18 or over

Registered in the appropriate Ward List

Ward List
Responsibility of the Town Clerk (also referred to in this context as the Ward Clerk – not to be confused with the Hon Ward Clerk – see later)

Not  constantly amended.

No system of rolling registration for Ward elections in the City.
Voters need to register every year

The Corporation tries by various means to achieve as full and as active a list as possible giving two opportunites to register by creating a provisional list and then a final list 2 months later

Qualifying Bodies
For Lime Street the key area of interest as we have very few residential voters.  

Qualifying body" means;
A body corporate (i.e. a company)
An unincorporated body other than a partnership (for example a Livery Company).

Where do partnerships fit in ?
LLPs (Limited Liability Partnerships) treated as a Body Corporate
True partnerships (likely to be smaller operations) - each partner has a vote

How many votes ?
Depends on the size of its workforce.  
1 for a workforce of up to 5
1 for every 5 workers up to 50 
PLUS 1 for every 50 workers
N.B. Remember these are Secret, individual votes.

i.e. AON Group in The Leadenhall Building have somewhere around 50 votes.

As mentioned earlier the businesses are asked to try to ensure that as far as is reasonably practicable, that the appointments it makes reflects the composition of its workforce

Who can be nominated ?
There are various rules re who can be nominated mainly to do with period of time working in the Ward or The City
Principal or only place of work is within the City and has been for the whole of the twelve months preceding the qualifying date (1st September year before the election )

Works for the qualifying body proposing to appoint him/her and has done so during the whole of that period

Person has had his principal or only place of work within the City for an aggregate period of at least:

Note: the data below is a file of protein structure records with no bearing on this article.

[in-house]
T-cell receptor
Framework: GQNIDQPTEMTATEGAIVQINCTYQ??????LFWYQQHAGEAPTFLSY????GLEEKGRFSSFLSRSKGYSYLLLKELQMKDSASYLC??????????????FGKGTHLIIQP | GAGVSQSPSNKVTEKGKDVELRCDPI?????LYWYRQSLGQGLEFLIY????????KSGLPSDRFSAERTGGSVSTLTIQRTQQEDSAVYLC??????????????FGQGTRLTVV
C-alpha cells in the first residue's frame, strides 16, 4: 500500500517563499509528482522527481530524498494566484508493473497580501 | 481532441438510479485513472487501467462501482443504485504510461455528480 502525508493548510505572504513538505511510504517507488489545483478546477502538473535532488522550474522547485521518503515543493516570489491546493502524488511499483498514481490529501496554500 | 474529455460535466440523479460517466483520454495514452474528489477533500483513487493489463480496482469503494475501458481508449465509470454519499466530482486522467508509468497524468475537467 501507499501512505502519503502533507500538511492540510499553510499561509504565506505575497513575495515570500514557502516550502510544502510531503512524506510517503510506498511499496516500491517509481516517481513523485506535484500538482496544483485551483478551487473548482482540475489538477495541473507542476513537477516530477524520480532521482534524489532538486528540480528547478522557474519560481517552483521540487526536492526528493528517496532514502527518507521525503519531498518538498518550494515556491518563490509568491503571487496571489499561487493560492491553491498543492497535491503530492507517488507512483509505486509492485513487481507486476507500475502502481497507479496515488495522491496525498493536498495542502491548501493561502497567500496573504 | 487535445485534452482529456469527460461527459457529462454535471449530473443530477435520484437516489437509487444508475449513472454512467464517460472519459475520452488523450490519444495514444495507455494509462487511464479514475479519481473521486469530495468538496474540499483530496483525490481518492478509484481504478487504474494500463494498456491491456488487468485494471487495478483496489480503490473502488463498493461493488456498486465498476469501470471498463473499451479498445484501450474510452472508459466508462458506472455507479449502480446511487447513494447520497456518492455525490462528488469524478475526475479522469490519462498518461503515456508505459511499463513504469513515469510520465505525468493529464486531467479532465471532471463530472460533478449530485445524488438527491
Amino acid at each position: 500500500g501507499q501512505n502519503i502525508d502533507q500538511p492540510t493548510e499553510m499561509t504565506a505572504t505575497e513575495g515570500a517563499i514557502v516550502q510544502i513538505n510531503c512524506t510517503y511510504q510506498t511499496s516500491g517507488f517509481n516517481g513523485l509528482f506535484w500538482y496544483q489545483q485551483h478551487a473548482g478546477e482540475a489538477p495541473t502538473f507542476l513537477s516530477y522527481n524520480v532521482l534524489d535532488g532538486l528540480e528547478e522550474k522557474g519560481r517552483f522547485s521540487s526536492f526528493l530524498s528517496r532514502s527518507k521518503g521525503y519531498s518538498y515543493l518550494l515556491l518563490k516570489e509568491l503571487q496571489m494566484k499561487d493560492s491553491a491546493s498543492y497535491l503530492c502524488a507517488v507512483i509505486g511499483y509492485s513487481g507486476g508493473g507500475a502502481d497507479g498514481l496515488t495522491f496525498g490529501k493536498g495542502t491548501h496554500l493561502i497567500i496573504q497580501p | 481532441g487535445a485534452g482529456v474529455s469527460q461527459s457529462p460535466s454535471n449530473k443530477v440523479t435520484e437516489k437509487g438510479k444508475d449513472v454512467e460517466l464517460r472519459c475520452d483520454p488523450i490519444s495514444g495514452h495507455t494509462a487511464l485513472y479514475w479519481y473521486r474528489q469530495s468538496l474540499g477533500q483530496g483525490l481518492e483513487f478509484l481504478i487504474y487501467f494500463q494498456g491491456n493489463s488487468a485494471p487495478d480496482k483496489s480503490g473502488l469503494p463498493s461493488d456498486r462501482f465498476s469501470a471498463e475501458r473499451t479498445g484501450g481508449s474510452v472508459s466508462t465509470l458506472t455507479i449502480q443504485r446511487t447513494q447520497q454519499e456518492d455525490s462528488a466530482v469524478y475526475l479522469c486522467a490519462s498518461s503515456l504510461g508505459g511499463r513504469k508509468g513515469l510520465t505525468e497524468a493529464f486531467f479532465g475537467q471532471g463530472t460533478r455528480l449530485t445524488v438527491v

Five years during the whole  of which time he has worked exclusively for the qualifying body proposing to appoint him; or 
Ten years in any other case  and at least part of the period relied on falls within the five years preceding  the qualifying date.

Basically; All persons whose principal or only place of work on the qualifying date is the premises occupied by the body in the Ward – can also include retired people (I believe ?) 

How many do vote ?
Going through the elected seats in the Wards over the past few years  (many are uncontested), the normal %age of votes cast seems be between 20% to 30% of the electorate.

Lime Street seems to  have a substantially higher percentage  - it has been between 40% - 50%+

Time Table for the Whole Process
Based on an actual example;

Ward Lists 
Published and made available to Candidates       
Friday 8 February
Into force     16 February 2013

Notice of Election published and Nominations open 
16 February

Close of Nominations 26 February, 12 NOON

Last Date for withdrawals of candidature, 1 March, 12 NOON

Deadline for postal vote applications  6 March, 5pm

Dispatch of postal votes     8 March 2013

Deadline for proxy vote applications 13 March 
N.B. In future years – the dates will be very similar, perhaps changed by a day in case of weekends…..

An election is required ?
A “Notice of Poll” will be Issued by the Ward Clerk 
 - no later than 13th March

Ward Mote (Meeting) 
The word “mote”  itself gives an indication of the age and history of the whole process - it comes from the Saxon word – “moot” = meeting of senior people.

The day before the date of the election (whether there is an election necessary or not )  a Ward Mote will be held.
The Ward Mote is organised by our Hon. Ward Clerk (John Bristow).

The "moat" is chaired by our Alderman, accompanied by his Beadle - a very interesting 30/45 mins where all the Candidates get to make a presentation.